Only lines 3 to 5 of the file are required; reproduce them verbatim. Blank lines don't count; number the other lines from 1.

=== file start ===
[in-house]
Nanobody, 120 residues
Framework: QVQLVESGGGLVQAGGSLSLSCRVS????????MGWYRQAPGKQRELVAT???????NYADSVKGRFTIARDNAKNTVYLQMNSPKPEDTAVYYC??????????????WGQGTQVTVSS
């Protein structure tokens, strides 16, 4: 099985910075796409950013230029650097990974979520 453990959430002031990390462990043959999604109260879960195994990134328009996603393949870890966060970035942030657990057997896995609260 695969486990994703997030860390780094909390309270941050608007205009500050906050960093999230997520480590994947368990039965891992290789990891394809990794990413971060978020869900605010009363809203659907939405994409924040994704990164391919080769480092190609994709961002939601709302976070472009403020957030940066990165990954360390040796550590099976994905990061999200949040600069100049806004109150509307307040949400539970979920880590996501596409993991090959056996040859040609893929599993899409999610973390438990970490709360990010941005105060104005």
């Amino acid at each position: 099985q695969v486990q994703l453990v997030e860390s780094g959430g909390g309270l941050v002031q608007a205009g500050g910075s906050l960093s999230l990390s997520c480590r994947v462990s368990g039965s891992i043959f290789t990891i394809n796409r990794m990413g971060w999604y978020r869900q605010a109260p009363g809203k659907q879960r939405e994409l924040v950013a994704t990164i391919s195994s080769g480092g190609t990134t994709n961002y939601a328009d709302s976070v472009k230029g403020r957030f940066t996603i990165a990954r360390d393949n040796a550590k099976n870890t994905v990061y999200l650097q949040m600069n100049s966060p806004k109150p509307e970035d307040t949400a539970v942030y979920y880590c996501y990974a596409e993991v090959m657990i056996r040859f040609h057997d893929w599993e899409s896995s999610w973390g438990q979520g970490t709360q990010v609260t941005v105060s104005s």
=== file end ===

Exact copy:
Framework: QVQLVESGGGLVQAGGSLSLSCRVS????????MGWYRQAPGKQRELVAT???????NYADSVKGRFTIARDNAKNTVYLQMNSPKPEDTAVYYC??????????????WGQGTQVTVSS
């Protein structure tokens, strides 16, 4: 099985910075796409950013230029650097990974979520 453990959430002031990390462990043959999604109260879960195994990134328009996603393949870890966060970035942030657990057997896995609260 695969486990994703997030860390780094909390309270941050608007205009500050906050960093999230997520480590994947368990039965891992290789990891394809990794990413971060978020869900605010009363809203659907939405994409924040994704990164391919080769480092190609994709961002939601709302976070472009403020957030940066990165990954360390040796550590099976994905990061999200949040600069100049806004109150509307307040949400539970979920880590996501596409993991090959056996040859040609893929599993899409999610973390438990970490709360990010941005105060104005």
């Amino acid at each position: 099985q695969v486990q994703l453990v997030e860390s780094g959430g909390g309270l941050v002031q608007a205009g500050g910075s906050l960093s999230l990390s997520c480590r994947v462990s368990g039965s891992i043959f290789t990891i394809n796409r990794m990413g971060w999604y978020r869900q605010a109260p009363g809203k659907q879960r939405e994409l924040v950013a994704t990164i391919s195994s080769g480092g190609t990134t994709n961002y939601a328009d709302s976070v472009k230029g403020r957030f940066t996603i990165a990954r360390d393949n040796a550590k099976n870890t994905v990061y999200l650097q949040m600069n100049s966060p806004k109150p509307e970035d307040t949400a539970v942030y979920y880590c996501y990974a596409e993991v090959m657990i056996r040859f040609h057997d893929w599993e899409s896995s999610w973390g438990q979520g970490t709360q990010v609260t941005v105060s104005s």